Europe's financial crisis means a windfall for Americans looking to purchase European goods and services -- especially when it comes to travel.
"People are very nervous about the debt that the European economies are taking over," says Dr. Chris Hughen, professor of finance at the University of Denver's Daniels College of Business. "Greece, Spain, Portugal, Italy, Ireland: These are all countries that have lived well beyond their means and it's really coming home to them right now. People are essentially running to the U.S. dollar as a source of safety, and I think from the standpoint of a U.S. traveler, this is really a great opportunity."
In July 2008, the euro was trading for around $1.58. Just this week, however, the one euro was valued at $1.22 -- a 19% decline.
"It's an excellent time to travel to Europe, with the euro-to-dollar ratio closing," says Julie Barsamian, marketing director at Cook Travel in New York. "I don't think it's been this good in several years." Barsamian says her company's business has picked up by 30% to 40% this season, compared to last year or 2008. The stronger purchasing power for U.S. tourists also coincides with a rough patch for Europe's hotel industry, which is offering guests far better deals than in recent summers. "We're seeing prices that you usually wouldn't see until the fall," Barsamian says, "about $100 cheaper per night for most hotels.Yes, it's tough for Europe right now. However, this could be good for the tourism industry, at least to see a surge of travelers coming."
Euro Instability Makes Currency a Bit of a Gamble
There might be a catch, however: Getting there. Rising oil prices, aviation mega-mergers and other challenges have meant soaring air fares -- which could undo any financial benefits a weaker euro offers for American travelers. But Barsamian says there's a lot of pent-up demand from Americans to get back overseas -- especially now that the U.S. economy is showing signs of recovery. As the recession began in 2008, "we were starting to see more skittish travelers, and last year was a slower summer," she says. "This year is definitely picking up a lot more, because people have been at home for last two summers and they want to travel and they want to go all-out."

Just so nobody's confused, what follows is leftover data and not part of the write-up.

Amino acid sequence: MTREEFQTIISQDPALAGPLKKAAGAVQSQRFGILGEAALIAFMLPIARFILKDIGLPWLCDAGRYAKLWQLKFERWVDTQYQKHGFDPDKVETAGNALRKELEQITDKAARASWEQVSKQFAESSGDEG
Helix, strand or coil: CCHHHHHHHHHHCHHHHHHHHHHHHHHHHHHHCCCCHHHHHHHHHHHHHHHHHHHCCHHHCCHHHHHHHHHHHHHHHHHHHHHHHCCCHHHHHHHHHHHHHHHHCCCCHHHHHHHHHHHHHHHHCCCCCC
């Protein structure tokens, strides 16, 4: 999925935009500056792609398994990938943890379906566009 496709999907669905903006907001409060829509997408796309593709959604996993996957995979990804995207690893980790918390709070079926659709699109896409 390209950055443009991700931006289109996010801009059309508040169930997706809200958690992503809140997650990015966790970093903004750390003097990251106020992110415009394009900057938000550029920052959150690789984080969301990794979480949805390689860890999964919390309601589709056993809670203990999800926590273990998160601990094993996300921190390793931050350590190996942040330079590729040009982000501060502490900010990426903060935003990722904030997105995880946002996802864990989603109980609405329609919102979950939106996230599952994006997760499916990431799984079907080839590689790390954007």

There are also concerns whether the euro might continue its wild roller-coaster ride over the summer -- to the disadvantage of tourists relying on the U.S. dollar. "I think anybody who tells you to have a lot of confidence in what's going to happen over the short run is probably lying to you," says Dr. Hughen. "What has changed, though, is that people are starting to question the viability of this European monetary union. What that means is, over the short run, we could have enormous fluctuations."
Barsamian says her company's U.S. clients have been asking whether they should buy euros before they travel, or take a chance on local currency exchanges. The trend, she says, appears to be tourists both cashing travelers checks and using widely-accepted credit cards once they're in Europe.
Even European countries that don't use the euro, such as Great Britain, may be affordable in terms of exchange rates. The U.K., says Dr. Hughen, "has been suffering from some political uncertainties as they change governments. They've also had enormous banking problems like the U.S., and the pound has not been doing well recently."
While the EU pledges to "ensure the stability, unity and integrity of the euro area," pessimism about the euro could bring the currency even lower. "When people start developing this mindset that it's not going to work," says Dr. Hughen, "you really can have a large decline in the currency. So it wouldn't surprise me if it traded for [euro-to-dollar] parity in the future."
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